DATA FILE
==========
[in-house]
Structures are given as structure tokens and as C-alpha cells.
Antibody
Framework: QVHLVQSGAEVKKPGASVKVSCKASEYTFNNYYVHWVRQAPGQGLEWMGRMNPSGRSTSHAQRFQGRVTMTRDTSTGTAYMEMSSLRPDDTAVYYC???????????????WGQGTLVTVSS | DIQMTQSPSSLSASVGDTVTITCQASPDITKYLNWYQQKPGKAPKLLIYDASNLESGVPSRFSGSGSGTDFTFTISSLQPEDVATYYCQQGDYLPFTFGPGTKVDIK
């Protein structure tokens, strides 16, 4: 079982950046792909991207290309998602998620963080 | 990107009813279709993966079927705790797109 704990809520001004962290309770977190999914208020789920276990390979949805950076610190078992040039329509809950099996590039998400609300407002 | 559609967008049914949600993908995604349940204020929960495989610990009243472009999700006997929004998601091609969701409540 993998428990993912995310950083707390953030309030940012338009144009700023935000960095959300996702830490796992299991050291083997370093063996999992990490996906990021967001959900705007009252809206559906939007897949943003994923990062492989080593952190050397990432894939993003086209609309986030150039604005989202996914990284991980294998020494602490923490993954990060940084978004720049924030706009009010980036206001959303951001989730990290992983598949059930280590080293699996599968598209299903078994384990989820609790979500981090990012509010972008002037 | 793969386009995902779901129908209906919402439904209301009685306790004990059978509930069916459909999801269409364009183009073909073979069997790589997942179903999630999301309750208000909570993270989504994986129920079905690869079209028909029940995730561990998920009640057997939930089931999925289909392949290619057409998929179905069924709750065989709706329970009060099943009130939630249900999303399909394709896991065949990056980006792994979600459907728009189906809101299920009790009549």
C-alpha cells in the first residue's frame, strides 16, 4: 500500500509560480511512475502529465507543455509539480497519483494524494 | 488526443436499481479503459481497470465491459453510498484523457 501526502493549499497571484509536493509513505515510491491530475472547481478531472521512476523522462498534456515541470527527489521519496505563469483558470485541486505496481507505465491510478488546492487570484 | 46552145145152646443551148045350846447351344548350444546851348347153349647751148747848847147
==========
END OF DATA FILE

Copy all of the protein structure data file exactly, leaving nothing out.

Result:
[in-house]
Structures are given as structure tokens and as C-alpha cells.
Antibody
Framework: QVHLVQSGAEVKKPGASVKVSCKASEYTFNNYYVHWVRQAPGQGLEWMGRMNPSGRSTSHAQRFQGRVTMTRDTSTGTAYMEMSSLRPDDTAVYYC???????????????WGQGTLVTVSS | DIQMTQSPSSLSASVGDTVTITCQASPDITKYLNWYQQKPGKAPKLLIYDASNLESGVPSRFSGSGSGTDFTFTISSLQPEDVATYYCQQGDYLPFTFGPGTKVDIK
């Protein structure tokens, strides 16, 4: 079982950046792909991207290309998602998620963080 | 990107009813279709993966079927705790797109 704990809520001004962290309770977190999914208020789920276990390979949805950076610190078992040039329509809950099996590039998400609300407002 | 559609967008049914949600993908995604349940204020929960495989610990009243472009999700006997929004998601091609969701409540 993998428990993912995310950083707390953030309030940012338009144009700023935000960095959300996702830490796992299991050291083997370093063996999992990490996906990021967001959900705007009252809206559906939007897949943003994923990062492989080593952190050397990432894939993003086209609309986030150039604005989202996914990284991980294998020494602490923490993954990060940084978004720049924030706009009010980036206001959303951001989730990290992983598949059930280590080293699996599968598209299903078994384990989820609790979500981090990012509010972008002037 | 793969386009995902779901129908209906919402439904209301009685306790004990059978509930069916459909999801269409364009183009073909073979069997790589997942179903999630999301309750208000909570993270989504994986129920079905690869079209028909029940995730561990998920009640057997939930089931999925289909392949290619057409998929179905069924709750065989709706329970009060099943009130939630249900999303399909394709896991065949990056980006792994979600459907728009189906809101299920009790009549």
C-alpha cells in the first residue's frame, strides 16, 4: 500500500509560480511512475502529465507543455509539480497519483494524494 | 488526443436499481479503459481497470465491459453510498484523457 501526502493549499497571484509536493509513505515510491491530475472547481478531472521512476523522462498534456515541470527527489521519496505563469483558470485541486505496481507505465491510478488546492487570484 | 46552145145152646443551148045350846447351344548350444546851348347153349647751148747848847147